New ALMA study reveals the many molecular faces of protoplanetary disks
Scientists connect the dots between where planets form and what they're made of
An international group of scientists, including University of Michigan astronomers, has mapped the chemical composition of protoplanetary disks surrounding five nearby young stars—an effort that will allow the astronomers to search the disks for planet formation in real time.
The survey provides the most detailed pictures of planet-forming gases to date, which will help scientists understand how planets form, ranging from gas giants called hot Jupiters to our own life-sustaining planet.
“The goal of this program was to survey the chemistry of planet formation with the highest resolution possible in a limited amount of time—just 130 hours. We wanted to know how planets are born and what sets their composition at birth,” said Edwin Bergin, U-M professor of astronomy, co-principal investigator of the survey and co-author on the papers.
“This can then be compared to the composition of exoplanetary atmospheres and in solar system planets to understand how common Jupiters are and, eventually, life-bearing worlds like the Earth.”
The collaboration used the Atacama Large Millimeter/submillimeter Array, or ALMA, to complete the most extensive chemical composition mapping of the protoplanetary disks at high resolution that allows scientists to probe the makeup of their planet- and comet-forming regions.
The new study unlocks clues about the role of molecules in planetary system formation, and whether these young planetary systems in-the-making have what it takes to host life. The results of the program, called MAPS, or Molecules with ALMA at Planet-forming Scales, will appear in an upcoming 20-paper special edition of The Astrophysical Journal Supplement Series.
Planets form in the disks of dust and gas, called protoplanetary disks, surrounding young stars. The chemical makeup of these disks may have an impact on the planets themselves, including how and where planetary formation occurs, the chemical composition of the planets, and whether those planets have the organic composition necessary to support life.
“A planet’s composition is a record of the location in the disk in which it was formed,” said U-M astronomer Arthur Bosman, lead author of many of the studies. “Connecting planet and disk composition enables us to peer into the history of a planet and helps us to understand the forces that formed it.”
MAPS specifically looked at the protoplanetary disks surrounding the young stars IM Lup, GM Aur, AS 209, HD 163296 and MW480, where evidence of ongoing planet formation has already been detected. The project led to multiple discoveries, including a link between dust and chemical substructures and the presence of large reservoirs of organic molecules in the inner disk regions of the stars.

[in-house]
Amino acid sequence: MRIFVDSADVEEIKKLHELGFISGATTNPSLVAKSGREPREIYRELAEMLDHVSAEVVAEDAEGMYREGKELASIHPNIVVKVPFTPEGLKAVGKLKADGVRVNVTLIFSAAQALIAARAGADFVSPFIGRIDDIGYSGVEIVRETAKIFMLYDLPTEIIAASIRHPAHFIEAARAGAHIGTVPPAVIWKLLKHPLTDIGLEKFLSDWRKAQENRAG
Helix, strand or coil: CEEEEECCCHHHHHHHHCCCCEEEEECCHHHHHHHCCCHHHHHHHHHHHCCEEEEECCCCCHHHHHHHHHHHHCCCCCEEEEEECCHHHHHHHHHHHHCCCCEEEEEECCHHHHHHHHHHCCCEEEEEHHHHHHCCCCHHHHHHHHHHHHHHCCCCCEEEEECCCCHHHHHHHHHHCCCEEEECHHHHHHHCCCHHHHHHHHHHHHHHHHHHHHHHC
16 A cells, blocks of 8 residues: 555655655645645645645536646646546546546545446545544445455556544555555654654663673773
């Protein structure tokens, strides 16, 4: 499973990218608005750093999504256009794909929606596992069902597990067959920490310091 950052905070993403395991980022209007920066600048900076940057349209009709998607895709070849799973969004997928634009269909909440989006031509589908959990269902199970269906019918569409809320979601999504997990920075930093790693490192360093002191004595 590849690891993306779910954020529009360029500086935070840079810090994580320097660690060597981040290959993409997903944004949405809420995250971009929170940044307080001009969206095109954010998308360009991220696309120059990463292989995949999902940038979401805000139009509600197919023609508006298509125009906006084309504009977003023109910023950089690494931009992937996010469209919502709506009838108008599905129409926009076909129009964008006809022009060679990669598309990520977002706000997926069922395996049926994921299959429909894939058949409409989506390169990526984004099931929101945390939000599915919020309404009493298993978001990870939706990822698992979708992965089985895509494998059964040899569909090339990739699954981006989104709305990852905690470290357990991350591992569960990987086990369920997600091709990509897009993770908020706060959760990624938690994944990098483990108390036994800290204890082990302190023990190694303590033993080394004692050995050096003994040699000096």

“With ALMA, we were able to see how molecules are distributed where exoplanets are currently assembling, and what we saw is that most planets likely form in a chemical environment that looks rather similar to the solar nebula, the birthplace of our solar system,” said MAPS principal investigator Karin Öberg, an astronomer at the Harvard Smithsonian Center for Astrophysics.
“Most importantly, we saw that the planet-forming disks around these five young stars are factories of a special class of organic molecules, so-called nitriles, which are implicated in the origins of life here on Earth.”
Bosman led Maps VII, which examined the elemental composition of the gas at locations in three of the five disks targeted by MAPS where Jupter-like planets may be forming. In his study, Bosman and co-authors found the gas surrounding these potentially nascent planets to be poor in carbon, oxygen and heavier elements, while rich in hydrocarbons, such as methane.
“The chemistry that is seen in protoplanetary disks should be inherited by forming planets,” Bosman said. “A carbon- and oxygen-poor environment suggests the existence of a subset of giant planets that have low water abundances in general. This is the opposite of current planet composition studies, and we are finding that the building blocks of many giant planets out there are very different from what we think formed our own solar system giants, Jupiter and Saturn.”
Bosman and Bergin pushed ALMA’s techniques to its limits in order to observe the velocities of gas very close to a disk’s star, within three astronomical units—an astronomical unit is the distance between the Earth and the sun. Gas swirls at higher velocity the closer it is to the star, and based on these velocities, Bosman and Bergin were able to observe one object that appears to be on the verge of planet formation. These results are published in the study MAPS XV.
“This allows us to look for signatures of these hidden forming planets in the gas structure—sort of a planet calling card: ‘I’m here,'” Bergin said.
U-M postdoctoral fellows and graduate students also led papers published in the supplement series. In MAPS XIX, postdoctoral fellow Jane Huang and co-authors showed that one disk (GM Aur) is still accreting material from its parent cloud while actively forming planets, providing a fresh supply of material to these young worlds.
In MAPS XVII, graduate student Jenny Calahan and co-authors measured the gas temperature and its structure using sophisticated models around HD 163296. In MAPS VIII, graduate student Felipe Alarcón and co-authors explored how the observed chemical composition comes to be with a detailed chemical model of the AS209 planet-forming disk.
All together, MAPS is providing exactly that: a map for scientists to follow, connecting the dots between the gas and dust in a protoplanetary disk and the planets that eventually form from them to create a planetary system.